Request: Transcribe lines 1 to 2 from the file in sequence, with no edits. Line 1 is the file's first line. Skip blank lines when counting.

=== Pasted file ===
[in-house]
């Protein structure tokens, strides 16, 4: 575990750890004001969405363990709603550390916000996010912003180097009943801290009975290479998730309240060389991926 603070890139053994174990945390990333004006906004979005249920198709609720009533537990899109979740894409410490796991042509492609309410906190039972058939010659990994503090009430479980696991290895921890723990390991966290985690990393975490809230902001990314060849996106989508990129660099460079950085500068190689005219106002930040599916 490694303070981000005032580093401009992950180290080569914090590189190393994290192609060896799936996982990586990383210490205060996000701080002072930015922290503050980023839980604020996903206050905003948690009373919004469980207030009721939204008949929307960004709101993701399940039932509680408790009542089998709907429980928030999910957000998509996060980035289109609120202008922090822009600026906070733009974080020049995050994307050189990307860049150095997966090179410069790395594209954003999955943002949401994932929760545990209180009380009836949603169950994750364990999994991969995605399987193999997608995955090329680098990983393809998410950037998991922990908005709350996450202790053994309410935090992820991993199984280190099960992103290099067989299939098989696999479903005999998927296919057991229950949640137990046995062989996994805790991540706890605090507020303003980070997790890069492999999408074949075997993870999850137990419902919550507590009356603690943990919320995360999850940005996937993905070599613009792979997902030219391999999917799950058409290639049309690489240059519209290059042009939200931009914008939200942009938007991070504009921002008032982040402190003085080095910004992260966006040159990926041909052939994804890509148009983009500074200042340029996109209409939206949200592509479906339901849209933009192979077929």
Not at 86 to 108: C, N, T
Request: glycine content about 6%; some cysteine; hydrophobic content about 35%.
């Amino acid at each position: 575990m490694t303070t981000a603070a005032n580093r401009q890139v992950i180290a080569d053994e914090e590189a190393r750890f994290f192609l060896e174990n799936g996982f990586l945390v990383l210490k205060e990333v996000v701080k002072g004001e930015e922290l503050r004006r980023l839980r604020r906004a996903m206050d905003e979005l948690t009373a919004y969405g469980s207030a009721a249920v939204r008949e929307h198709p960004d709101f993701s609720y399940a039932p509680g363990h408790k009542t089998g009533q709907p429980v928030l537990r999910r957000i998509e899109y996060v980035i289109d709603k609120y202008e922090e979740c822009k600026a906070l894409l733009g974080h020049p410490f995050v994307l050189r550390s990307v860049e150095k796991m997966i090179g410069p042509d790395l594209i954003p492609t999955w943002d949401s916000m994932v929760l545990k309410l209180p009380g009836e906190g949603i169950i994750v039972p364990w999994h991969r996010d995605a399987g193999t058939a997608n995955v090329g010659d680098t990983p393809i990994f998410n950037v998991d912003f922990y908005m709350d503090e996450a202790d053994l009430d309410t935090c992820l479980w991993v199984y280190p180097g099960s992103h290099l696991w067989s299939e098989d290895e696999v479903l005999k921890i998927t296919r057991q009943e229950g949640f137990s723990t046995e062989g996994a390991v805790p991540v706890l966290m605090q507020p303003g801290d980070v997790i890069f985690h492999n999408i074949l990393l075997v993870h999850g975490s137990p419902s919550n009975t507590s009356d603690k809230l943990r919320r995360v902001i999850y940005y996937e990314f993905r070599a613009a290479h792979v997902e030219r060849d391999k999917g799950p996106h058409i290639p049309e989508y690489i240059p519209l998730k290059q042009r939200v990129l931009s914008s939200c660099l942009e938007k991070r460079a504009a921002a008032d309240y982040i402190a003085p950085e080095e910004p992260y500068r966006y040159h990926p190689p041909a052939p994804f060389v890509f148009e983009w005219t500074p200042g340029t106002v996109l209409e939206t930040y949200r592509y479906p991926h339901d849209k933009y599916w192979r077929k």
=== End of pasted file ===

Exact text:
[in-house]
């Protein structure tokens, strides 16, 4: 575990750890004001969405363990709603550390916000996010912003180097009943801290009975290479998730309240060389991926 603070890139053994174990945390990333004006906004979005249920198709609720009533537990899109979740894409410490796991042509492609309410906190039972058939010659990994503090009430479980696991290895921890723990390991966290985690990393975490809230902001990314060849996106989508990129660099460079950085500068190689005219106002930040599916 490694303070981000005032580093401009992950180290080569914090590189190393994290192609060896799936996982990586990383210490205060996000701080002072930015922290503050980023839980604020996903206050905003948690009373919004469980207030009721939204008949929307960004709101993701399940039932509680408790009542089998709907429980928030999910957000998509996060980035289109609120202008922090822009600026906070733009974080020049995050994307050189990307860049150095997966090179410069790395594209954003999955943002949401994932929760545990209180009380009836949603169950994750364990999994991969995605399987193999997608995955090329680098990983393809998410950037998991922990908005709350996450202790053994309410935090992820991993199984280190099960992103290099067989299939098989696999479903005999998927296919057991229950949640137990046995062989996994805790991540706890605090507020303003980070997790890069492999999408074949075997993870999850137990419902919550507590009356603690943990919320995360999850940005996937993905070599613009792979997902030219391999999917799950058409290639049309690489240059519209290059042009939200931009914008939200942009938007991070504009921002008032982040402190003085080095910004992260966006040159990926041909052939994804890509148009983009500074200042340029996109209409939206949200592509479906339901849209933009192979077929």